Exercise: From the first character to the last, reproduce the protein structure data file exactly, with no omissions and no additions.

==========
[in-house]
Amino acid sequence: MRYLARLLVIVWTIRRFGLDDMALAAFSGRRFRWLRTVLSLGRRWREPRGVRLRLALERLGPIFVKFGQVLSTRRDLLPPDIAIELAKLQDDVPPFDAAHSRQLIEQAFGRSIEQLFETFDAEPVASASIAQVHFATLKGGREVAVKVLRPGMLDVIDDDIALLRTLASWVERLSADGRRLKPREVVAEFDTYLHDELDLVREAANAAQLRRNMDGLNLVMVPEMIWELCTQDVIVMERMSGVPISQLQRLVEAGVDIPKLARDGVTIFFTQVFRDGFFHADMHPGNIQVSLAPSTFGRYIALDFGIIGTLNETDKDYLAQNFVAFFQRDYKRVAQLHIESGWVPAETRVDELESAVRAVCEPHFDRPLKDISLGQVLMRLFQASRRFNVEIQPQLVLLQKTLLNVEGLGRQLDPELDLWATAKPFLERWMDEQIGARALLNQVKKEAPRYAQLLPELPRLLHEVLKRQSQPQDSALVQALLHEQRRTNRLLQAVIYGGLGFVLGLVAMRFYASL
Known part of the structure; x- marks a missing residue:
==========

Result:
[in-house]
Amino acid sequence: MRYLARLLVIVWTIRRFGLDDMALAAFSGRRFRWLRTVLSLGRRWREPRGVRLRLALERLGPIFVKFGQVLSTRRDLLPPDIAIELAKLQDDVPPFDAAHSRQLIEQAFGRSIEQLFETFDAEPVASASIAQVHFATLKGGREVAVKVLRPGMLDVIDDDIALLRTLASWVERLSADGRRLKPREVVAEFDTYLHDELDLVREAANAAQLRRNMDGLNLVMVPEMIWELCTQDVIVMERMSGVPISQLQRLVEAGVDIPKLARDGVTIFFTQVFRDGFFHADMHPGNIQVSLAPSTFGRYIALDFGIIGTLNETDKDYLAQNFVAFFQRDYKRVAQLHIESGWVPAETRVDELESAVRAVCEPHFDRPLKDISLGQVLMRLFQASRRFNVEIQPQLVLLQKTLLNVEGLGRQLDPELDLWATAKPFLERWMDEQIGARALLNQVKKEAPRYAQLLPELPRLLHEVLKRQSQPQDSALVQALLHEQRRTNRLLQAVIYGGLGFVLGLVAMRFYASL
Known part of the structure; x- marks a missing residue: